• In particular, the use of clinically-relevant CTC technologies such as the Parsortix platform (ANGLE plc) to enhance the translation of cancer biology and new cancer therapies from animal to patient

Alison Allan, Associate Professor, Departments of Anatomy & Cell Biology & Oncology Schulich School of Medicine and Dentistry, Western University – In collaboration with Angle

11.10 Highlighting Clinical Outcomes of CAR-T Therapies to Enhance Translational Insights from Preclinical Models

  • Harnessing valuable clinical insights to advance preclinical translation for future therapies
  • How have clinical learnings advanced preclinical studies to better present the patient population

David Teachey, Associate Professor of Pediatrics, Divisions of Hematology & Oncology, Children’s Hospital of Philadelphia, University of Pennsylvania School of Medicine

11.40 BPM 31510, A Clinical Stage Candidate, Demonstrates Potent Anti-Tumor Effect by Modulating Metabolism of Immune Cells

  • By improving the metabolic activity of immune-cells we can improve the Immunotherapies.
  • BPM31510 is a metabolic modulator
  • BPM31510 demonstrates potent anti-tumor efficacy in syngenic models
  • BPM31510 modulates the level of tumor infiltrating cells in a dose-dependent manner

Shiva Kazerounian, Senior Scientist, Berg Pharma

12.10 Comparative Oncology to Inform Clinical Translation of Immunotherapies

  • Overview and attributes of the Comparative Oncology approach
  • Utility of Comparative Oncology to facilitate clinical translation of Oncolytic virus and other immunotherapies
  • Currently available tools and development of new tools in development to facilitate immunotherapy development (e.g. biomarkers, imaging, genomics)

Shruthi Naik, Research Associate, Department of Molecular Medicine, Mayo Clinic

12.40 Networking lunch


Clinical Learnings from Immunotherapies to Drive Preclinical Predictions

13.40 Harnessing Humanized Mice to Improve Preclinical Predictions for Immuno Therapy and Nano Technology Approaches to Treat Cancers

  • Acknowledging and understanding the limitations of humanized mouse models
  • What does the perfect humanized model look like for ex vivo applications?

Vinagolu Rajasekhar, Senior Research Scientist, Memorial Sloan Kettering Cancer Center

14.10 Influence of Microenvironment in Primary & Bone Tumor Breast Cancer Models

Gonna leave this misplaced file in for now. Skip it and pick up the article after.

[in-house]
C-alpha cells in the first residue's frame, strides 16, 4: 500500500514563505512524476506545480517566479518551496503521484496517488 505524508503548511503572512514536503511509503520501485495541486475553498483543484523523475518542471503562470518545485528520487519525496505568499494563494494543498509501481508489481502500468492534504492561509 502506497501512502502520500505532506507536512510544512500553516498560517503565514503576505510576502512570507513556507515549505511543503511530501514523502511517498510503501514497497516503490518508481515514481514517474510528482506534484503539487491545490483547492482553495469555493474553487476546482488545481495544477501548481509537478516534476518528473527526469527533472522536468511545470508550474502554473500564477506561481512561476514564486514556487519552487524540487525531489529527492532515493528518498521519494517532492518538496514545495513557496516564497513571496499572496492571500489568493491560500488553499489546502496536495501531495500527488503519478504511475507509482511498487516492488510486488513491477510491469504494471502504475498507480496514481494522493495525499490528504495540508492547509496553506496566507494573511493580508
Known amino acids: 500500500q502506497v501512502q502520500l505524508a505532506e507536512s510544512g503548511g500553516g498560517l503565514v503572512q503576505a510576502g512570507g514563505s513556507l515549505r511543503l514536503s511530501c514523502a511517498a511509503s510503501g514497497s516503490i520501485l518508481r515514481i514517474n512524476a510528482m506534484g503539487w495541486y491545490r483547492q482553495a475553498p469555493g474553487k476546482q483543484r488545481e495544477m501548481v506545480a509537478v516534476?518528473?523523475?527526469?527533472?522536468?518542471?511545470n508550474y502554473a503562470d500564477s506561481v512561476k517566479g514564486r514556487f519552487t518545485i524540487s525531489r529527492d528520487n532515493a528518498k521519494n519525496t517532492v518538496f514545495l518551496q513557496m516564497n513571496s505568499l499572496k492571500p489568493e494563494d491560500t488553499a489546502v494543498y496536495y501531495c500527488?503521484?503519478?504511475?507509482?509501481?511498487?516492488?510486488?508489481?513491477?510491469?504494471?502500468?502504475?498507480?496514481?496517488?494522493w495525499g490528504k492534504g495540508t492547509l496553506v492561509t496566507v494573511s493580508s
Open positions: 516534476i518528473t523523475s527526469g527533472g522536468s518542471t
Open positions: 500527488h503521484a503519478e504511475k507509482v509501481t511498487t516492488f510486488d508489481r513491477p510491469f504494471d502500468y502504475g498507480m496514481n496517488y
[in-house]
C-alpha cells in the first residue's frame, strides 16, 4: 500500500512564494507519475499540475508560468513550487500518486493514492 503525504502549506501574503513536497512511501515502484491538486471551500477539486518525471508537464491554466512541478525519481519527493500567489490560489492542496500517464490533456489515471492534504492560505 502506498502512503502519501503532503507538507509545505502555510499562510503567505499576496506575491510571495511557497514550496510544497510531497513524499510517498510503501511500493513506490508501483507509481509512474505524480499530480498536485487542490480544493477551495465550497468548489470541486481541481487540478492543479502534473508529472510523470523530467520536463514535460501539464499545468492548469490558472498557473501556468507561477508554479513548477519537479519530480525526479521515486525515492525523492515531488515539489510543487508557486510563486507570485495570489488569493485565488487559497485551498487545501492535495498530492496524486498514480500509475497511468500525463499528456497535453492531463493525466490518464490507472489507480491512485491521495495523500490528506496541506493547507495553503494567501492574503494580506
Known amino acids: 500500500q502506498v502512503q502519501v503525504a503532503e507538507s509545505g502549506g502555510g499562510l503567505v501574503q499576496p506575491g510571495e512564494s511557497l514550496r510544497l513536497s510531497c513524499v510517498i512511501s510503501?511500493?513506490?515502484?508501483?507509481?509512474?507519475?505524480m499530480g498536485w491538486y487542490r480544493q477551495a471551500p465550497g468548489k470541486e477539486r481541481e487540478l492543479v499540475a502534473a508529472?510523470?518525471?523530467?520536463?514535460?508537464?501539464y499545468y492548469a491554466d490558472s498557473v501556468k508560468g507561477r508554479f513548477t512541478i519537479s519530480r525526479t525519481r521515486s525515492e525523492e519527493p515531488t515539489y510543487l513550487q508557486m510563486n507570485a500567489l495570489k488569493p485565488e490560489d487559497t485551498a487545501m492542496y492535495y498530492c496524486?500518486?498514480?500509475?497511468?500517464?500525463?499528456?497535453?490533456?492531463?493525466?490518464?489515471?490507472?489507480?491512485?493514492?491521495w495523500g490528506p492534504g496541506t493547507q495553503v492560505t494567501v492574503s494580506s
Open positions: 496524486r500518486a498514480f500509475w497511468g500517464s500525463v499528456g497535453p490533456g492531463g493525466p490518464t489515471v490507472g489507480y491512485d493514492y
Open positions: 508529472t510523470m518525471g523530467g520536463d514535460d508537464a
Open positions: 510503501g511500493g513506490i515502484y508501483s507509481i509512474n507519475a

• Hormonal influence in orthotopic breast cancer tumor model
  • Bone microenvironment and breast cancer tumor growth
  • Immuno-oncology: tumor, bone and immune system in humanized mice

Jenni Bernoulli, COO, Pharmatest Services

14.25 Biological Advances to Help Navigate the Nonclinical Safety Assessment Strategy in Cancer Immunotherapy

  • Highlighting the unique challenges in preclinical safety assessment for the development of cancer immunotherapeutics which may not be optimally characterized using conventional toxicology models or strategy
  • Discussing the opportunities of modifying the conventional toxicology models or developing novel approaches to support clinically relevant hazard identification and risk assessment

Robert Li, Toxicologist, Pharmacology SubTeam Leader Safety Assessment, Genentech

14.55 Characterization & Application of the Triple Immunodeficient R2G2 (Rag2/Il2rg Double Knockout) Mouse

  • Overview of the of the new R2G2 model characteristics
  • Comparative analysis of the R2G2 and NSGTM immune systems
  • Factors that contribute to differential radiation sensitivity between the Rag2 and SCID models, and the impact of radiosensitivity on experimental design

Lee Coney, Chief Scientific Officer, Biologics, Envigo 

This session will finish at 15.25

15.10
Afternoon Refreshments


Next Generation Model Development: Harnessing CRISPR Precision Gene Editing

15.40
CRISPR Genome Editing & Mouse Models of Cancer

  • Sidi Chen Assistant Professor, Genetics, Yale University

Synopsis

  • Harnessing CRISPR for the precise development of physiologically relevant preclinical in vivo models for target discovery
  • Developing knock out models that are personalized to individual tumor types

16.10
Combining CRISPR/Cas9 Gene Targeting & Single-Copy Somatic Transgenesis for Preclinical Brain Tumor Research

  • Joshua Breunig Assistant Professor, Board of Governors Regenerative Medicine Institute, Department of Biomedical Sciences, Cedars-Sinai Medical Center

Synopsis

  • Overview of novel genetic methodologies for rapid, autochthonous tumor modeling
  • Using patient mutations in mouse models to accurately model clinical tumor subtypes in a “personalized” manner
  • Examples of preclinical studies investigating strategies to impede tumor growth and development by immunotherapy, metabolic targeting, and therapeutic mimicry
  • Employing CRISPR/Cas9 to enable rapid genetic manipulation of patient tumor cells for investigating the mechanisms of tumorigenesis and subsequent recurrence

16.40
Exploring Tumor Initiation & Progression of Colorectal Cancer Using Flexible Genetic Models

  • Luke Dow Assistant Professor of Biochemistry in Medicine, Weill Cornell Medicine

Synopsis

  • Using engineered organoids for the production of tailored pre-clinical models of disease
  • Bypassing the limitations of existing transgenic systems, through orthotopic organoid transplantation
  • Engineering complex tumor genotypes using multiplexed CRISPR/Cas9 genome editing

17.10
Chair’s Closing Remarks

17.15
Close of the 5th Annual Tumor Models Boston 2017